What’s Your Major? A Q&A with Eric Engler

January 4, 2017

Eric Engler is a third-year student in The Peabody Conservatory’s Recording Arts program.

What is the Peabody Recording Arts and Science major?

The Recording Arts department houses Peabody’s programs/majors in both Audio Engineering (Undergraduate and Graduate) and Acoustics (Graduate Only).  The undergrad program only exists as a double major in conjunction with a more traditional music degree – typically instrumental performance, vocal performance, music composition, or computer music.  My other major is Jazz Trumpet.  The idea behind this is that, upon graduation, the graduate will be equal parts musician and engineer.  The program take five years to complete, and, upon graduation, I will earn both a Bachelor of Music in Jazz Trumpet and a Bachelor of Music in Recording Arts.  Both are full majors – I take just as many music classes as any other music major in addition to the recording curriculum.  This is DIFFERENT from what is usually referred to as the “Dual Degree” program – that name generally refers to students enrolled in both a music degree at Peabody and another degree at Homewood.  In Recording Arts, both degrees are administered by Peabody, though the recording program does include many Homewood classes.  The ultimate goal of the program is to prepare students for careers in the audio industry.


How did you get involved in the program, and why did you want to get involved in the program?

Since the program is my major, I got involved in it the same way many do – by applying for it in my college applications senior year of high school.  Some students do that, while others are brought in later by the department.  Each year, our department head looks at the incoming Peabody class and reaches out to musicians who also had high scores on math and science tests as potential candidates.  For me, this program was the ultimate mix of all of my interests. At the same time, engineering has always been a strong interest of mine, and I put a lot of time and energy into maintaining my academics. The Recording Arts program allows me to take my affinity for engineering and apply it to my passion for music.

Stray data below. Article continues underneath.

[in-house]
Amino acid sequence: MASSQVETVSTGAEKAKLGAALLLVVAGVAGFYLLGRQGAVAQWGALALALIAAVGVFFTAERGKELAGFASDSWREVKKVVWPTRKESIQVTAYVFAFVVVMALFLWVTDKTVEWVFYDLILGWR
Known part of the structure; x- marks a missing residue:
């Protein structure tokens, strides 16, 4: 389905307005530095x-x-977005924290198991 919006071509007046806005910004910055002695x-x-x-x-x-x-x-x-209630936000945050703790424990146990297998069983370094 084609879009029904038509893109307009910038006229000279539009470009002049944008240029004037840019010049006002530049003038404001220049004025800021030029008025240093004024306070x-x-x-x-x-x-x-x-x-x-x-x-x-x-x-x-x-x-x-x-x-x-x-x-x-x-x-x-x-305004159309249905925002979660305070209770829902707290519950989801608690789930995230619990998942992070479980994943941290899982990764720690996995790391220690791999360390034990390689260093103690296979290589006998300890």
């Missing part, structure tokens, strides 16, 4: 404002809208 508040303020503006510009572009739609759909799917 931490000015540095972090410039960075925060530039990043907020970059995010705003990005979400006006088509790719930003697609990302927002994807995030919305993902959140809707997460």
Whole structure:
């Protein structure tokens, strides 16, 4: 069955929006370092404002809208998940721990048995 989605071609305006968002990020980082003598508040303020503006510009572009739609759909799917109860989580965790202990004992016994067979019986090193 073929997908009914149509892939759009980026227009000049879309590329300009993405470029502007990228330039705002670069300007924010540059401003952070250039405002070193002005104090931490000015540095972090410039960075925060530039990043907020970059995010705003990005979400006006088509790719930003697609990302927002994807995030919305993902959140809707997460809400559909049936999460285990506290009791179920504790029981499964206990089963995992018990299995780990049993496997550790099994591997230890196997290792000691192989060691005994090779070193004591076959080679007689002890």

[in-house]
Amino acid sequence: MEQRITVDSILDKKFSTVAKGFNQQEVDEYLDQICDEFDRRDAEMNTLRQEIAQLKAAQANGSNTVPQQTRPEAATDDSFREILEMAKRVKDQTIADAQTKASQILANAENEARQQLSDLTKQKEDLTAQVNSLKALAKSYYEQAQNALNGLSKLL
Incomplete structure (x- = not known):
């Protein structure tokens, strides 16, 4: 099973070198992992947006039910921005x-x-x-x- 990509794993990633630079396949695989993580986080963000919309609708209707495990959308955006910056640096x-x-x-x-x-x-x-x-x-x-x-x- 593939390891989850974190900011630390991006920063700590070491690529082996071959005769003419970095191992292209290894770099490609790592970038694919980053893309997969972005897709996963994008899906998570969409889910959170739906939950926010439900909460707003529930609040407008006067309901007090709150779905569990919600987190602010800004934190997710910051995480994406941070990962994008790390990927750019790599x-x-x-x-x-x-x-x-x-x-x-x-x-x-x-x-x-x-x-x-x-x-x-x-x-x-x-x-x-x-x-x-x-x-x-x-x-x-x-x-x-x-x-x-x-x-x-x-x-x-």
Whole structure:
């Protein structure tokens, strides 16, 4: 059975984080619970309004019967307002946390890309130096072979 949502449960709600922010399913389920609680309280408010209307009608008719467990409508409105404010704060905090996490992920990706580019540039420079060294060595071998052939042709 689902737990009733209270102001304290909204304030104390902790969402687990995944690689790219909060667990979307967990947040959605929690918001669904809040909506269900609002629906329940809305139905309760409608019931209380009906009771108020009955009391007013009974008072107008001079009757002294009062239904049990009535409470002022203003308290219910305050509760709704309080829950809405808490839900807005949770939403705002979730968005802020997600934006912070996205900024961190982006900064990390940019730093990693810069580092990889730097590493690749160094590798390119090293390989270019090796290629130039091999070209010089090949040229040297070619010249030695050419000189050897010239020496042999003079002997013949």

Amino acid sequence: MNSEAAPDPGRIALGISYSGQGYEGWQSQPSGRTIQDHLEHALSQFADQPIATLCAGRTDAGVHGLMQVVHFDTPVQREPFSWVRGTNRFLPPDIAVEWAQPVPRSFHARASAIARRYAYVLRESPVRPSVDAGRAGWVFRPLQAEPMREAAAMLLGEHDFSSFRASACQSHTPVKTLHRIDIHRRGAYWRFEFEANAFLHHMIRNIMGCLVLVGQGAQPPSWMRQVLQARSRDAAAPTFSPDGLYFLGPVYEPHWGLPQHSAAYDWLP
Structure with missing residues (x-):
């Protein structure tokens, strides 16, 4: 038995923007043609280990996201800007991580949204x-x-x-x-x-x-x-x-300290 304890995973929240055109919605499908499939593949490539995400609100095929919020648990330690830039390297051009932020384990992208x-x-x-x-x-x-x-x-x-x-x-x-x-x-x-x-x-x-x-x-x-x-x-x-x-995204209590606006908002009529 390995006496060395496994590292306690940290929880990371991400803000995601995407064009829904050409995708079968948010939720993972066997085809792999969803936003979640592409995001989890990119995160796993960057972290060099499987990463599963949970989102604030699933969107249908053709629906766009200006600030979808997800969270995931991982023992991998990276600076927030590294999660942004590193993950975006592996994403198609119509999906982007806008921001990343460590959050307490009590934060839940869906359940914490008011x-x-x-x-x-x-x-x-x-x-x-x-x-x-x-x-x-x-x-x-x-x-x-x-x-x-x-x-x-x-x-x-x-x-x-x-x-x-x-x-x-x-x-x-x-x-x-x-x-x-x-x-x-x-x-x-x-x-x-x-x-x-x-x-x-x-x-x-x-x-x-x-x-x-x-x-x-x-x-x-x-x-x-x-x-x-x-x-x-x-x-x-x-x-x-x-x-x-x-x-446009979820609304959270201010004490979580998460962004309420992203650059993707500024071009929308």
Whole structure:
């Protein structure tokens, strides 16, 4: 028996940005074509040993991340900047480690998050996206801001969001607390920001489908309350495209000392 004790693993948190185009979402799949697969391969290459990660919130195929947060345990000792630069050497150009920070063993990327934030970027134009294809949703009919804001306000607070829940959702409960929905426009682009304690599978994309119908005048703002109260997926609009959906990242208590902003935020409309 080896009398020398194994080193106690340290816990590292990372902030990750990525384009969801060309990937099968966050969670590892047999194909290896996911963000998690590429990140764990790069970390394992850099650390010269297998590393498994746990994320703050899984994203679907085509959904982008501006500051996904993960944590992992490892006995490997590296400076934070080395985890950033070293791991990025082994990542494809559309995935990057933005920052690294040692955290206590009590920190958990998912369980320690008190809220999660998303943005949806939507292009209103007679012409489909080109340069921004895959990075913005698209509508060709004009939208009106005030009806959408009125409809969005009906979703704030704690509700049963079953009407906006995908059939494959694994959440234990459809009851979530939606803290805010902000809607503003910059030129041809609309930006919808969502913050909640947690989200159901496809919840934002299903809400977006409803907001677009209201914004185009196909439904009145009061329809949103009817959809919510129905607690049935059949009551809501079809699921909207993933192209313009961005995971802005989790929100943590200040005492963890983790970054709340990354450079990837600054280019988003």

What electrical engineering classes do you take?

As part of our required curriculum, we take Calculus I-II, Physics I-II, Intro to Electrical and Computer Engineering, Digital Systems Fundamentals, Circuits, and Signals and Systems. In addition to our core music classes for our performance degree, we also take recording studio classes and several acoustics classes at Peabody.


What are your plans or goals for the rest of your time in the program at JHU?

That’s somewhat of a difficult question, and one I don’t have a particularly good answer to.  At the moment, I’m looking into different areas within the music and audio industries to get an idea of what I’d like to do with my career.  I’m continuing to build my skills as an engineer as well as practice on my instrument, with the goal of being able to have a successful career both as a trumpet player and an audio engineer.  I’m currently in my 3rd year of the 5 year program, so as of writing this, I’ve just hit the half-way point.  Moving forward, I guess I’d just like to keep moving in the same direction, take advantage of the resources at Peabody and JHU, and see where it takes me.


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